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Brits abroad: Top 5 British retailers to go global Sunday, 31st July 2011
After a week of Forever 21 fever, My Retail Media has decided to inject a little patriotism into our Sunday Top 5, so we’ve chosen five of our favourite British retailers making a storm across the pond, the channel, the Baltics... in fact in every which-way they can!
Any list on going global would not be complete without Burberry at number one. This stall mark of British fashion is pretty much writing the book as we speak on how to take heritage style worldwide. Plans for a brand new Asian flagship in Hong Kong this week suggest Burberry is well on the way to global supremacy.
Perhaps if Jack Cohen had never received a shipment for tea from T.E. Stockwell and decided to use the first letters from his surname, Britain wouldn’t have become the birthplace for the world’s third largest retailer, Tesco. With its first store opening in 1929, Tesco now operates across 14 countries employing around 472,000 members of staff. But it’s not just the speed of Tesco’s expansion that’s impressed us of late, but its methods. Faced with a tough grocery market to beat in South Korea, Tesco set up Home Plus to enable commuters to purchase their food whilst waiting for the train home, proving that if anyone can find a gap in the market, (no matter how small) Tesco can.
One of the key problems with taking a brand global is predicting how the designs will translate across continents and international styles. So when a brand as ubiquitous to the British high street as Topshop announces it’s headed stateside, there would always be cause for concern from die-hard British fans reluctant to share. Topshop’s first flagship store on New York’s Broadway opened in April 2009, in the middle of the worst recession in generations for the United States. Yet the shoppers kept coming, queuing in droves around the block, waiting up to five hours as owner Philip Green defiantly told the dubious British press: "Where are the people walking around nude? People are still wearing clothes. They want to be inspired. They still want to shop. Get real."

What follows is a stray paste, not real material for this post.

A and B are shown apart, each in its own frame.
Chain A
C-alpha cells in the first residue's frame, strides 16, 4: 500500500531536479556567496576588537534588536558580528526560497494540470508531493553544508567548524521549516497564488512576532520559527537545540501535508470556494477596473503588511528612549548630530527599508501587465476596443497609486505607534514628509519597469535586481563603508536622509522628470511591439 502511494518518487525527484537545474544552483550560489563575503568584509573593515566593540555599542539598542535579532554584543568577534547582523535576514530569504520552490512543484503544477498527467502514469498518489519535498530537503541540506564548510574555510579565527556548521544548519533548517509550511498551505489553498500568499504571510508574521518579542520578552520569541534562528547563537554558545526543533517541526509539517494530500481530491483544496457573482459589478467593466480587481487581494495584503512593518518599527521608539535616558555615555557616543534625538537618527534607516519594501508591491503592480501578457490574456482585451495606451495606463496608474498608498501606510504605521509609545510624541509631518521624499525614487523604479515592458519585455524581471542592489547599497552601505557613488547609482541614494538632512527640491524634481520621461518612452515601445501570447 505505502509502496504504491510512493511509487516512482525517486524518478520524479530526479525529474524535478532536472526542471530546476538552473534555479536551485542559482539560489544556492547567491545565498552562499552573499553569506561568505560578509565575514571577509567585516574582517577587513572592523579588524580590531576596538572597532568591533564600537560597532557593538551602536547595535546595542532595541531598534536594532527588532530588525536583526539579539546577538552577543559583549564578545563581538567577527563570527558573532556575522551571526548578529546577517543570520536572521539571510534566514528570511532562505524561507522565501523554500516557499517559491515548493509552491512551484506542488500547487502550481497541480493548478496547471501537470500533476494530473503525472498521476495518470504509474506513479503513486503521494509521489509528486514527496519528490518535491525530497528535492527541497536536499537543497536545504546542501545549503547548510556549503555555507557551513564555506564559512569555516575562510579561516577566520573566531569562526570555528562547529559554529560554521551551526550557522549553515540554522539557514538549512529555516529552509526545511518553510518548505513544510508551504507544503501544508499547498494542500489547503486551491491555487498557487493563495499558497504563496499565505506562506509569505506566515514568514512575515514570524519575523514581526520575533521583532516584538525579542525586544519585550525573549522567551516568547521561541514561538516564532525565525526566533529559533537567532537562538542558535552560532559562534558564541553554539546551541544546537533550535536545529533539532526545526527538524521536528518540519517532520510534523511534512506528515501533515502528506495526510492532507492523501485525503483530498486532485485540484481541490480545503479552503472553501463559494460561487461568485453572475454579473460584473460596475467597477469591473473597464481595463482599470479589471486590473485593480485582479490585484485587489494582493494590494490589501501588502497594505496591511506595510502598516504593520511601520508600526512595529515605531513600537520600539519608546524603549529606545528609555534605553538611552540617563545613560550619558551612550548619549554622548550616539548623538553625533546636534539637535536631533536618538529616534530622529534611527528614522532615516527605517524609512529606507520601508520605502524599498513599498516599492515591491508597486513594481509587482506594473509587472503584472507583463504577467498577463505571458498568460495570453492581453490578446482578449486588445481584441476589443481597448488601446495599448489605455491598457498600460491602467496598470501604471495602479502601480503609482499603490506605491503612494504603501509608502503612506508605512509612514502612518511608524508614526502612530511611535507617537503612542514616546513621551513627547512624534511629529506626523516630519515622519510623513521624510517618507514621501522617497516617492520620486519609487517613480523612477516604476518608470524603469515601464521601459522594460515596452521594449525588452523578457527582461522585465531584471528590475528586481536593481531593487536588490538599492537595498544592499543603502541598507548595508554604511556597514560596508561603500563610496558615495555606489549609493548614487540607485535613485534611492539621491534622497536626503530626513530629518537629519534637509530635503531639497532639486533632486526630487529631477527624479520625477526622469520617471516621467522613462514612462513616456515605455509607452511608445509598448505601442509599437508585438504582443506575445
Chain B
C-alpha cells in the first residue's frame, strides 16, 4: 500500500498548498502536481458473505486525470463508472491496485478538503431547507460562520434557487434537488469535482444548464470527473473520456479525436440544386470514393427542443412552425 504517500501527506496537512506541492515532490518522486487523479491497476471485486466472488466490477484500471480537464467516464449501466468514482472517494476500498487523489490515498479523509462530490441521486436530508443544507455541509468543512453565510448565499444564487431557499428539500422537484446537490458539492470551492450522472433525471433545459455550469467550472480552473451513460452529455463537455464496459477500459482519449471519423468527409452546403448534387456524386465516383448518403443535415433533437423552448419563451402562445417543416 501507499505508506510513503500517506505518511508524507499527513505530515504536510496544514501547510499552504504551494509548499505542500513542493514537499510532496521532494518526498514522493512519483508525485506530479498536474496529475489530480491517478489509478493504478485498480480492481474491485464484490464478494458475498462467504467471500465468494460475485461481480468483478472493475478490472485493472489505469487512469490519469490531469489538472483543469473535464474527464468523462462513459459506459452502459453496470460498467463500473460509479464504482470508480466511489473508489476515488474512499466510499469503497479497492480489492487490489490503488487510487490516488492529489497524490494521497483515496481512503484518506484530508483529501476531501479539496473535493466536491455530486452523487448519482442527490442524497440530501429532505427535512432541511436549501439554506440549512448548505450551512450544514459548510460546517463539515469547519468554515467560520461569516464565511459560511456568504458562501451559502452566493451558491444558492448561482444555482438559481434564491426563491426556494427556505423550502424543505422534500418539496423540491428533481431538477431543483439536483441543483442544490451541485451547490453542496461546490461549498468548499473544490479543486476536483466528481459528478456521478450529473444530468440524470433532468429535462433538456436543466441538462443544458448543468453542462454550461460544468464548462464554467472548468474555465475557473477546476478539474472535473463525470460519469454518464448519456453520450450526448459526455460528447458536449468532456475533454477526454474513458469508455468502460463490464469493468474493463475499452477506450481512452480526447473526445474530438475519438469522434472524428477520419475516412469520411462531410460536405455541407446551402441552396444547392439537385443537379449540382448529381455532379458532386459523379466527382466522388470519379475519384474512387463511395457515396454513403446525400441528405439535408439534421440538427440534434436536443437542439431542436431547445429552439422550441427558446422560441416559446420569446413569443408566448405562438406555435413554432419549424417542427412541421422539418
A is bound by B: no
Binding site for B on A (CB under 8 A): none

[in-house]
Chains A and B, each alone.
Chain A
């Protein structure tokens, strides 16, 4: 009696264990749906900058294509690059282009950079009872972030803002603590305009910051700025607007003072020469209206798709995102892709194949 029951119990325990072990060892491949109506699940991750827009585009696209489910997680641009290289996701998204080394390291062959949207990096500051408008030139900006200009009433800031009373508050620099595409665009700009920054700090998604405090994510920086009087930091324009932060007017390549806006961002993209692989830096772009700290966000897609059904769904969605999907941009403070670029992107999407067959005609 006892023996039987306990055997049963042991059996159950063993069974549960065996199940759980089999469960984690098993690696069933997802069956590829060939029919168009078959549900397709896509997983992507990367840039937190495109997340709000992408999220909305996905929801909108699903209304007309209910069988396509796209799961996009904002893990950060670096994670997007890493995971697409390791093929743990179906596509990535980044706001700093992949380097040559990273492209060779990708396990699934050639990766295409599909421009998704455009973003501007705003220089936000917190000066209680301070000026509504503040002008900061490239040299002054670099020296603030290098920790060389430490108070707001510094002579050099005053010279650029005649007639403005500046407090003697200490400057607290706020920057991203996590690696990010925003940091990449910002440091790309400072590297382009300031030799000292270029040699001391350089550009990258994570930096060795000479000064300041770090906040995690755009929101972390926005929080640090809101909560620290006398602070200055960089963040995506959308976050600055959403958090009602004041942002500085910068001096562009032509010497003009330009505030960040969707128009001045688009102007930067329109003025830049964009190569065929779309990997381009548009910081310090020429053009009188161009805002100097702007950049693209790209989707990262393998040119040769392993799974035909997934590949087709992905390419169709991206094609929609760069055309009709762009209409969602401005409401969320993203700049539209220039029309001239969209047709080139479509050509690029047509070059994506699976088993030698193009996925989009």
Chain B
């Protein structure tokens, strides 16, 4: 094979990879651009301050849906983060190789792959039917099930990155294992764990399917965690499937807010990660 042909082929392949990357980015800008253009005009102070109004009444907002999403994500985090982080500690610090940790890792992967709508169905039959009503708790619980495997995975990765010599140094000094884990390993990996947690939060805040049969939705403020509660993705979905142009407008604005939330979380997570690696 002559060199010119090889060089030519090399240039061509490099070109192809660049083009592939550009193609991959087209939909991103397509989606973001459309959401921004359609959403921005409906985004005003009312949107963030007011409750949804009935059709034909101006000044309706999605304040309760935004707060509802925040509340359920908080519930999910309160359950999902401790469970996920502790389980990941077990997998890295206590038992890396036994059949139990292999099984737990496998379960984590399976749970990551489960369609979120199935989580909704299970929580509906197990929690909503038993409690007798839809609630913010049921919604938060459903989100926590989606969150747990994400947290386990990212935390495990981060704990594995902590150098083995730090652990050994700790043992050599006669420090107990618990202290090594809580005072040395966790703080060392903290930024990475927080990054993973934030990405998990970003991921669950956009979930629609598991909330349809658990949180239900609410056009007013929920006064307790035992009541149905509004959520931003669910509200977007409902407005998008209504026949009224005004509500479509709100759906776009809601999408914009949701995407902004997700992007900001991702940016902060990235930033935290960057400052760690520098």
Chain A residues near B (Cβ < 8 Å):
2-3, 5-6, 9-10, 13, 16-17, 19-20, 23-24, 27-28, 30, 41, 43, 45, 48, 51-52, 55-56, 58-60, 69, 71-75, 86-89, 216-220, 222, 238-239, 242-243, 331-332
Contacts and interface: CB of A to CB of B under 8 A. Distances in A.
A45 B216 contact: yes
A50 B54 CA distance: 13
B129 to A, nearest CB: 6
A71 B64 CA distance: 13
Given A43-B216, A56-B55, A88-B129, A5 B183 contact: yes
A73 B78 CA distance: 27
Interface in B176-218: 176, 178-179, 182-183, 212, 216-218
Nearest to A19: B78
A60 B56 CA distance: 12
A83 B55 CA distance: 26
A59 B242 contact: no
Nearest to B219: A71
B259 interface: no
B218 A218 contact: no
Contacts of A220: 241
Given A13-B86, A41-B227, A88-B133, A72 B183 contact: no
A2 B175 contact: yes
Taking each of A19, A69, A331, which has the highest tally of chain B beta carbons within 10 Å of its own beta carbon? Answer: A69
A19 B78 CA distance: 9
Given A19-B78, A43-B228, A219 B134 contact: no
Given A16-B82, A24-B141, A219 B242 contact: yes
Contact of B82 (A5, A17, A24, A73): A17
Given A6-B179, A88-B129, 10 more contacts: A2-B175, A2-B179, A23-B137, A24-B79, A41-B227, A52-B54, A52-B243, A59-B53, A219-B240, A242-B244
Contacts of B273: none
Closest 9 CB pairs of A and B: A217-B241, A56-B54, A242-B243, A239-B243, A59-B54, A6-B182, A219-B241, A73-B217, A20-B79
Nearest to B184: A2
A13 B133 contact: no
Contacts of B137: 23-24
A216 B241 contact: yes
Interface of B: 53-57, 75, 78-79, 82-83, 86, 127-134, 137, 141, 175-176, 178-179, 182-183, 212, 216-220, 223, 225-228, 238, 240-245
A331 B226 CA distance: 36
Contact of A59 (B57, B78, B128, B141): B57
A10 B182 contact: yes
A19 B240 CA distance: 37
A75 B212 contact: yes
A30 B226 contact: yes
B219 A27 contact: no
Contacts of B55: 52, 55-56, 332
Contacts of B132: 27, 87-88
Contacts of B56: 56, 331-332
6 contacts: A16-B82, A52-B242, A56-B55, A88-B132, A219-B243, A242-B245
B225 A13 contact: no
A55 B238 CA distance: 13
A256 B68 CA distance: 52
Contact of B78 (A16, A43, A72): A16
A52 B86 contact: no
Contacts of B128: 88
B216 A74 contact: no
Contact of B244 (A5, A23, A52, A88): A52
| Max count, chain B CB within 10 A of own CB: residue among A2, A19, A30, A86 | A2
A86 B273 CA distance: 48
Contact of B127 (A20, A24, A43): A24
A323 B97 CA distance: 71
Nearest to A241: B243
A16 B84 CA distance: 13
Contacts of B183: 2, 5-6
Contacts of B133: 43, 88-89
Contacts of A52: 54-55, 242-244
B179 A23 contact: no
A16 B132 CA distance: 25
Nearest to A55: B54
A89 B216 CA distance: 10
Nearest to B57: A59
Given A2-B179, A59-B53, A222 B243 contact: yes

Two years on, and this summer saw new rumours emerge that Topshop is now preparing to take over a 20,000 square foot store in the Fashion Show Mall in Las Vegas for March 2012. Tally ho!
4. All Saints
Less than twenty years old, All Saints now operates more than 70 stores worldwide, and is fast becoming a major success story in British retail. In June last year the Spitalfields-based company opened its first store in New York, having already launched in outposts for Miami and Los Angeles. All Saint’s Big Apple venture took more than USD 1 million in its first fortnight, outperforming the nearby Topshop store, with just half the floor space.
5. Cath Kidston
Cath Kidston’s kitch prints and aspirational life style designs didn’t take long to gain a nation of floral obsessives. Tapping into something as British as cream tea, Kidston took off where Laura Ashley had faltered in the past few years, and has fast become the poster girl for British country living. Now with 15 shops in Japan and four in Korea, it seems the brand is gearing up for a global roll out, appointing Kenny Wilson as the new chief executive to head up a worldwide expansion programme.